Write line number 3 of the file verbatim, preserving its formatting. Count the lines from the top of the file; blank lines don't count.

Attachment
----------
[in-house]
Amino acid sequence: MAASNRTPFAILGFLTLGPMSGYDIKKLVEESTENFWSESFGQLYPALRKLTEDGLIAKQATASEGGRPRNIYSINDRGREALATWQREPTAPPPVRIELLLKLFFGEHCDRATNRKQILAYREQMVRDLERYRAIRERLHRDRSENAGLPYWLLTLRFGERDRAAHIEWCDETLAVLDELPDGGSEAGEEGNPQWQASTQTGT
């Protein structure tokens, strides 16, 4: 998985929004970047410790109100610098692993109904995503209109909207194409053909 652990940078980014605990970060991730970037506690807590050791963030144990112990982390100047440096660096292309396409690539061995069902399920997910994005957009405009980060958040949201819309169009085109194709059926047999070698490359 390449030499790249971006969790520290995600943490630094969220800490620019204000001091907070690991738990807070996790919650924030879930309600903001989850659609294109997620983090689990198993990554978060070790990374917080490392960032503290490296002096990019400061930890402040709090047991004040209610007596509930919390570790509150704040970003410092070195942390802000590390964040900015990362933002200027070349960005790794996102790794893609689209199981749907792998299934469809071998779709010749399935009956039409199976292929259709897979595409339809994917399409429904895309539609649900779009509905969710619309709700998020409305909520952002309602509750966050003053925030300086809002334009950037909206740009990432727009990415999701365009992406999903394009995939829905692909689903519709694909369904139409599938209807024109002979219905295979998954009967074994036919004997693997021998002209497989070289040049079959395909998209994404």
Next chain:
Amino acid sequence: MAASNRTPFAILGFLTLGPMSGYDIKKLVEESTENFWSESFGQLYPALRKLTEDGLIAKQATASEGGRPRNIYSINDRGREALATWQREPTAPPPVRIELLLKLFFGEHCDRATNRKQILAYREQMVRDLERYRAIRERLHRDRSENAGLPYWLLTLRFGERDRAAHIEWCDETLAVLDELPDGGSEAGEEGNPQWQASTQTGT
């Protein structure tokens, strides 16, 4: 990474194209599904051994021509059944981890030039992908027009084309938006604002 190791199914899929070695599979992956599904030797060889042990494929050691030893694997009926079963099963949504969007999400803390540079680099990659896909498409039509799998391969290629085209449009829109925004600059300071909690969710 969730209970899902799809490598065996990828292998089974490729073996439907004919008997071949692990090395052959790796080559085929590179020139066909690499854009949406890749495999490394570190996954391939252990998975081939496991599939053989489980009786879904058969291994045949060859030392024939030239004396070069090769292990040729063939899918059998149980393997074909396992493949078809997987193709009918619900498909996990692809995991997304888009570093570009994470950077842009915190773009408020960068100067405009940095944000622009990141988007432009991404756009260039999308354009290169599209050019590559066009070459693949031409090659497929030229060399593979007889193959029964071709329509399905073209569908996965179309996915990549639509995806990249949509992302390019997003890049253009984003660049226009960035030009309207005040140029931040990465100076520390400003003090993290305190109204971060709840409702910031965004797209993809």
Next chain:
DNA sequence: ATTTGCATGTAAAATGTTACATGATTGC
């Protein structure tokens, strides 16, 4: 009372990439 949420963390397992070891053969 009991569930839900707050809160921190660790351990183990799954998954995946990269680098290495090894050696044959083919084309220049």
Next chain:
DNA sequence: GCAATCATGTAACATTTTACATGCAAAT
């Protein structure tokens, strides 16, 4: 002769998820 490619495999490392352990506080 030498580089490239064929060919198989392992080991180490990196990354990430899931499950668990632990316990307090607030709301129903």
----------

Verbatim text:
């Protein structure tokens, strides 16, 4: 998985929004970047410790109100610098692993109904995503209109909207194409053909 652990940078980014605990970060991730970037506690807590050791963030144990112990982390100047440096660096292309396409690539061995069902399920997910994005957009405009980060958040949201819309169009085109194709059926047999070698490359 390449030499790249971006969790520290995600943490630094969220800490620019204000001091907070690991738990807070996790919650924030879930309600903001989850659609294109997620983090689990198993990554978060070790990374917080490392960032503290490296002096990019400061930890402040709090047991004040209610007596509930919390570790509150704040970003410092070195942390802000590390964040900015990362933002200027070349960005790794996102790794893609689209199981749907792998299934469809071998779709010749399935009956039409199976292929259709897979595409339809994917399409429904895309539609649900779009509905969710619309709700998020409305909520952002309602509750966050003053925030300086809002334009950037909206740009990432727009990415999701365009992406999903394009995939829905692909689903519709694909369904139409599938209807024109002979219905295979998954009967074994036919004997693997021998002209497989070289040049079959395909998209994404």